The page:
Private Colleges Are Offering Record Tuition Discounts to Win Students
Those scarily high tuition prices most private colleges say they charge are increasingly as make-believe as Freddy Krueger: Only 11% of freshmen paid them last year, according to a survey of private colleges released today.
The rest—89% of freshmen at private colleges—received a school grant or scholarship worth, on average, 54% of the published or “sticker” tuition, the National Association of College and University Business Officers reported. Both those numbers are all-time records.
The survey indicates that colleges eager to recruit applicants are luring students with big grants— often labeled “merit scholarships” to flatter recipients, but in reality more like the discounts off of a retailer's price tag.
In 2013, the latest year for which data are available, most private colleges reported sticker prices for tuition and fees somewhere between $30,000 and $45,000 a year. (Room, board, books, and travel typically add another $15,000 to $20,000 to the total annual costs.)
But schools that accepted more than half of applicants charged net tuition, after scholarships were subtracted, of less than $20,000. Those that accepted less than half of their applicants charged their students an average net tuition of about $23,600
That explains why the odds are lower for getting a deal at an Ivy League college. Nearly a third of schools—mostly large, selective, wealthy universities with plenty of applicants—didn't increase their discounts last year, NACUBO reported. The most selective colleges on Money’s Best Colleges list—those with admissions rates of 33% or less—gave only about half of their students grants.
But that still leaves more than 1,000 non-elite private colleges attempting to attract students with ever-bigger scholarships or discounts off their ever-higher tuition. In fact, among the 736 colleges in Money’s rankings, nearly 100 award a scholarship to every single freshman. Those schools accept an average of 66% of applicants.
College officials cited three key reasons for the rise in discounts.
- Psychology. Research by Lucie Lapovsky, a former president of Mercy College in New York who now serves as a consultant to colleges, shows that at least 40% of students and parents would opt for the bragging rights they get when a school gives them a large scholarship off a high tuition, rather than a school that has lower tuition and lower aid, but similar net costs.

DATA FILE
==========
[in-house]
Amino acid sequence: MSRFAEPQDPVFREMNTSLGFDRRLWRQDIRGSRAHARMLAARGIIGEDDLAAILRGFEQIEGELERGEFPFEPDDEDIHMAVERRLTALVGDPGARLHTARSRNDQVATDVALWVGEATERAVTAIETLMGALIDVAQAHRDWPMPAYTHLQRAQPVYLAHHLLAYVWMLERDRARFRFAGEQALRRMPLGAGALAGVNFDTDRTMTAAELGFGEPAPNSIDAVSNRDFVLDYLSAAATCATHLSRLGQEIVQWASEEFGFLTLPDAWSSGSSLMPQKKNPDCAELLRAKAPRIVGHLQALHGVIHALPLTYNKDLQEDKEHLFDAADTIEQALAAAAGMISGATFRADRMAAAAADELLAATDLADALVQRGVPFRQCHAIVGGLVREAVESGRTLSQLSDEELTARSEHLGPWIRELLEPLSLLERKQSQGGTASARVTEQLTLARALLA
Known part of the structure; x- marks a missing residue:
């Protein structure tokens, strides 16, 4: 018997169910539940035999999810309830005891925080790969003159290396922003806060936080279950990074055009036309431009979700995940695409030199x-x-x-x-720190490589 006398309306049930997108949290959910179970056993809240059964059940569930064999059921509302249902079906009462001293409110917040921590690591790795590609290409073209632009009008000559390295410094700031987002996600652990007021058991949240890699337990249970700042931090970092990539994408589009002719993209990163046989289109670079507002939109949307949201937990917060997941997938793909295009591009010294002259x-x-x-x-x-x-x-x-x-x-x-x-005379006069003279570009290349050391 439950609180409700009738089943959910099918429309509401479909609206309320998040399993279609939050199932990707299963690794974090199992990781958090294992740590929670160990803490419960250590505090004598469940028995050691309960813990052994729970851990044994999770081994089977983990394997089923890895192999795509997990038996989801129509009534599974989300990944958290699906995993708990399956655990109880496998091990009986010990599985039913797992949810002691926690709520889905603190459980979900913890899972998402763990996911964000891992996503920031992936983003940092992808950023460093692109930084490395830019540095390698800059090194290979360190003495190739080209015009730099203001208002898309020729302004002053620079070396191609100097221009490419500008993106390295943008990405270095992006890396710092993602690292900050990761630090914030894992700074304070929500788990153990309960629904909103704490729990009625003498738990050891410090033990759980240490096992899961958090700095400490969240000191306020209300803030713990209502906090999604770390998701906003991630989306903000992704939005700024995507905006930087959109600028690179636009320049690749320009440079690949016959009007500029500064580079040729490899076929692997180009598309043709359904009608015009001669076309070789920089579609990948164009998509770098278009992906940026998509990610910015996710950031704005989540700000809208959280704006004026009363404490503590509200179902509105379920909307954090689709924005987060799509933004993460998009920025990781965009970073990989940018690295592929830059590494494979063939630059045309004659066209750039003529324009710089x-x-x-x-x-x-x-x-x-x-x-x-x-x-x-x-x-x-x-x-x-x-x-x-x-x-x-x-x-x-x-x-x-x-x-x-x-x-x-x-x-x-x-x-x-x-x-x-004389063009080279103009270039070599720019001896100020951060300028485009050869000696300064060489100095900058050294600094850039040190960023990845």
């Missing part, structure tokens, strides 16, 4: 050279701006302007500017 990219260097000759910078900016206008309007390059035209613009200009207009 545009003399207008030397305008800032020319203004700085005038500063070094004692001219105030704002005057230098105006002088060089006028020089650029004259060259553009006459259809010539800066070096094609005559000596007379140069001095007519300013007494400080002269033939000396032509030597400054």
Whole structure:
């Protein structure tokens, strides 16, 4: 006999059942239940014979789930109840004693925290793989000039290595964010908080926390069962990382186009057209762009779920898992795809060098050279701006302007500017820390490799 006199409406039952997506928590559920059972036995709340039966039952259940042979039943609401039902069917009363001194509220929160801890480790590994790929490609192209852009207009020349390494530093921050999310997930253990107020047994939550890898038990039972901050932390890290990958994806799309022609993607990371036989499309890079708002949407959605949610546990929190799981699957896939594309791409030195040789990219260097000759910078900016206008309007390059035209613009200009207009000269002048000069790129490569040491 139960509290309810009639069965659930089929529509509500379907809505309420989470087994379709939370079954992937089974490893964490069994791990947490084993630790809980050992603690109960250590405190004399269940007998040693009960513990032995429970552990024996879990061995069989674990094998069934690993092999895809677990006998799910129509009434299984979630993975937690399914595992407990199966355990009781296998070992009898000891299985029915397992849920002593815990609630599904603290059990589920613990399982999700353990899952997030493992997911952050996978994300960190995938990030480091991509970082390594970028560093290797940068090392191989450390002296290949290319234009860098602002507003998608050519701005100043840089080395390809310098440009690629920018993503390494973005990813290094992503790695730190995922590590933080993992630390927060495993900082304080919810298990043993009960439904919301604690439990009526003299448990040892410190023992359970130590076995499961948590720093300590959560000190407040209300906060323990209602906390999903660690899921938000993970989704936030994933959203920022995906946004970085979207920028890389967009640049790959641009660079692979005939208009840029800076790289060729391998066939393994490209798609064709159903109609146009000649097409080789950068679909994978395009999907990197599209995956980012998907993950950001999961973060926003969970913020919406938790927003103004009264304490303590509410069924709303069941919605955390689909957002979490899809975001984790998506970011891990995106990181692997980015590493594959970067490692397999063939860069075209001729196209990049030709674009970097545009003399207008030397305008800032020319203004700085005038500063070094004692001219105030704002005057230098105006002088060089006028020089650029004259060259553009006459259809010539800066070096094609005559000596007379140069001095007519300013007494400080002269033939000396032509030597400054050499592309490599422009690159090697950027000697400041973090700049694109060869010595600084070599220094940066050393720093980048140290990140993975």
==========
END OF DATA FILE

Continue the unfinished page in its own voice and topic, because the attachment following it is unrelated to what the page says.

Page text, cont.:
- Economics. The combination of rising tuition and financial woes for the middle class mean more applicants need scholarships to afford private colleges, said Steven Klein, vice president for enrollment management at Albion College in Michigan, where 100% of freshmen received a school grant in 2012 (the latest year for which federal data are available).
- Competition. In part because of a decline in the number of 18-year-olds, more colleges are having recruiting problems, and thus need to offer bigger discounts. About a third of the schools surveyed told NACUBO that their enrollment declined last year.
The latest numbers "provide more evidence that students and families should look beyond sticker prices,” said NACUBO President and CEO John Walda. Instead, he said, families should focus on the "net" price, which is the price they pay after grants and scholarships have been subtracted.
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One unfortunate result of the growing practice of raising sticker prices and offering more aid is confusion for students and parents, Lapovsky contends. Students have to apply to colleges in the fall, without a good sense of how much the college will actually cost them. Although colleges are required to provide a net price calculator tool on their websites, Lapovsky says many are outdated or give such general estimates that they aren’t helpful.
So students typically have to wait until April to see their final offer. And because colleges demand an answer by May 1, many students have just a few short weeks to make a potentially life-changing financial decision.
In addition, Lapovsky says, the common but mistaken assumption that colleges with high tuition are “better” than those with lower tuition can lead families to make costly college choices.
In fact, Money has found no significant relationship between the average net price charged by the colleges in our rankings and important quality indicators such as the earnings of recent graduates.
For more advice on paying for college, and to create a customizable list of colleges based on criteria such as size, selectivity, and affordability, visit the new Money College Planner.